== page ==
Long before Pastor’s arrival, we connected with our interfaith neighbors, and those partnerships have only flourished as we sponsor and host benefits for the building of their communities, encourage participation in helping us offer sanctuary to our friend/brother/neighbor Lucio Perez, and initiate public gatherings with all of our faith communities when our grief is almost too much to bear.
Members of this congregation happily serve with the Hampshire Association, the MACUCC and the National church to provoke the Gospel of Jesus Christ. We stand up and speak out. Pastor Vicki writes some of the most heart-grabbing devotionals I’ve ever read. Finally, but not the least of it—and yes i know I’m leaving out important bits—is Pastor’s involvement with our children, from campouts at her house to gatherings on the Cape to mission fields away. You will almost always find our Pastor where you find our children, standing with them, modeling for them how to be God’s hands and feet.
This summer at General Synod 2017, we received the new iteration of the UCC core values, Three Loves: Love of children, Love of Neighbor, and Love of Creation. i believe we’re hitting the mark, and are even ahead of the national church in our practice. How thankful i am that we have a Pastor, a leader, who is not afraid to start and sustain a holy ruckus. PTL church, that God is still speaking and Pastor Vicki is listening and acting.
Cathy Kay: We have so much more to learn, share, and give. What is God calling us to do in the next 10 years?
Skyler Keiter: As I embark on my last semester at UMass and prepare for what comes next, I’ve been doing a lot of reflecting about my time in Amherst these last three and a half years. Unsurprisingly, First Church is often a key theme in these reflections, but many (if not most!) of my First Church memories also feature a prominent character – Vicki.
From the very first time I sat in worship at First Church in 2014, Vicki, I was captivated by your preaching, your warm and welcoming invitation to the communion table, and your obvious love and care for this church. You’ve been there with me through thick and thin, through grief and overwhelming fear with wise words and compassion, and you have fielded phone calls from my anxious parents on multiple occasions. We have laughed and shared dog stories on weekdays in the church office and worked on many projects for the ELT and other various ministry teams. No matter what has been going on in my life, you have been a constant supportive presence, always checking in and making sure things are going okay. Two of my favorite memories of the last few years are when we affirmed my baptism and the day we marched together in Boston the week after Charlottesville. It was so special to create a service that honored my journey and my chosen name and to have my baptism affirmed with water from special places in Maine and in Amherst. On that day in Boston, I was so proud to be marching next to you, even though part of me was absolutely terrified about what could or might happen. I treasure these memories and more. You have also become an incredible mentor to me and you embody so much of who I want to be as a pastor someday with your dedication, attention to detail, eloquence, deep faith, and profound ability to love and care for others.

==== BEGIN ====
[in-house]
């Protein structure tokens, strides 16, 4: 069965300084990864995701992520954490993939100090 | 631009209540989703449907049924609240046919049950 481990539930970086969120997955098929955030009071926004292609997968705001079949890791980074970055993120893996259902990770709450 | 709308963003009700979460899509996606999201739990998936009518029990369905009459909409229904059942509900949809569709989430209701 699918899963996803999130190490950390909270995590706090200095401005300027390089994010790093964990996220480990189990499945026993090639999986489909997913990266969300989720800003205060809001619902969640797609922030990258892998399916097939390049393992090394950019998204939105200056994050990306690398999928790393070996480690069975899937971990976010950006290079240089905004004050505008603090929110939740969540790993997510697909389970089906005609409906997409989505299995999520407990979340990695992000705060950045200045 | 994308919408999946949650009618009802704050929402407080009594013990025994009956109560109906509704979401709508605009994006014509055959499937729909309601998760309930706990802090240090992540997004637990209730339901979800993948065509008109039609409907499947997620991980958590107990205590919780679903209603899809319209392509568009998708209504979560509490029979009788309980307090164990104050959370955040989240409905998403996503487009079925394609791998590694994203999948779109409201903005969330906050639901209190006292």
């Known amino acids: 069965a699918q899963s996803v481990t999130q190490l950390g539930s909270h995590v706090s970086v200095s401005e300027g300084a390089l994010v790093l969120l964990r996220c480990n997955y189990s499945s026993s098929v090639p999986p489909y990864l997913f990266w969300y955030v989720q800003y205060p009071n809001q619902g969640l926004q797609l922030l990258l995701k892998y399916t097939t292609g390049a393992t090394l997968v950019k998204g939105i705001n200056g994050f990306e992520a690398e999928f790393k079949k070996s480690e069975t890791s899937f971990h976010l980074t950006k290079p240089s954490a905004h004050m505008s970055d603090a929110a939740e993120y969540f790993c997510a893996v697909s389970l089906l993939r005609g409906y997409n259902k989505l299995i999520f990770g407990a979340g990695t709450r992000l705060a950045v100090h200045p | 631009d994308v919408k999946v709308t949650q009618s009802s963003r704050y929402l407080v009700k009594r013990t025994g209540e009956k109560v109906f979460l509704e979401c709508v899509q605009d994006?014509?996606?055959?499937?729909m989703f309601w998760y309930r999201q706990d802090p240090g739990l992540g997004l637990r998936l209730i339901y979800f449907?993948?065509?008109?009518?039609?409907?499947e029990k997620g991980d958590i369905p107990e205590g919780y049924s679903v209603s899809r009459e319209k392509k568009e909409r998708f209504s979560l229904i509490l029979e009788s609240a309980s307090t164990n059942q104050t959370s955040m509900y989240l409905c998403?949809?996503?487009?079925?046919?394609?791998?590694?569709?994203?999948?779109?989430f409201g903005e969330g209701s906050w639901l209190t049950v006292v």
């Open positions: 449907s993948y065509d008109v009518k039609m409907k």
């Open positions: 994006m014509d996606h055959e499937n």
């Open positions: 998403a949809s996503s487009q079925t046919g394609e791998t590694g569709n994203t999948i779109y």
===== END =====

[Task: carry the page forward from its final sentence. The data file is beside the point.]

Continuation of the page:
This is the story of how you’ve changed my life, but you have touched so many more lives than just mine or others who have spoken today. You’ve impacted hundreds of lives and touched the hearts of countless people during the last ten years of your ministry, from strangers you’ve blessed on the sidewalk, to those sitting here in the pews every week. That’s one of many amazing things about ministry, getting to touch the hearts of so many of God’s beloved children.
I know this not just based my own experience, assumption that others have similar feelings, or inferring it through casual conversation, but because over the last few weeks I’ve gotten to hear about it firsthand from so many people.
When planning this service, the ELT knew that we wanted to give something to you to mark this very special milestone in our ministry together. So, over the last two weeks I have gathered memories, photos, and stories of people whose lives you have changed and those whose hearts you’ve touched and put them together in a scrapbook for you. My hope is that these sweet memories will comfort you when times are tough and bring renewed joy as you reflect on your ministry here. May you always know that within these pages is a whole lot of love for you. Vicki, you are so, so loved.
Thanks be to God, for First Church Amherst, and for you!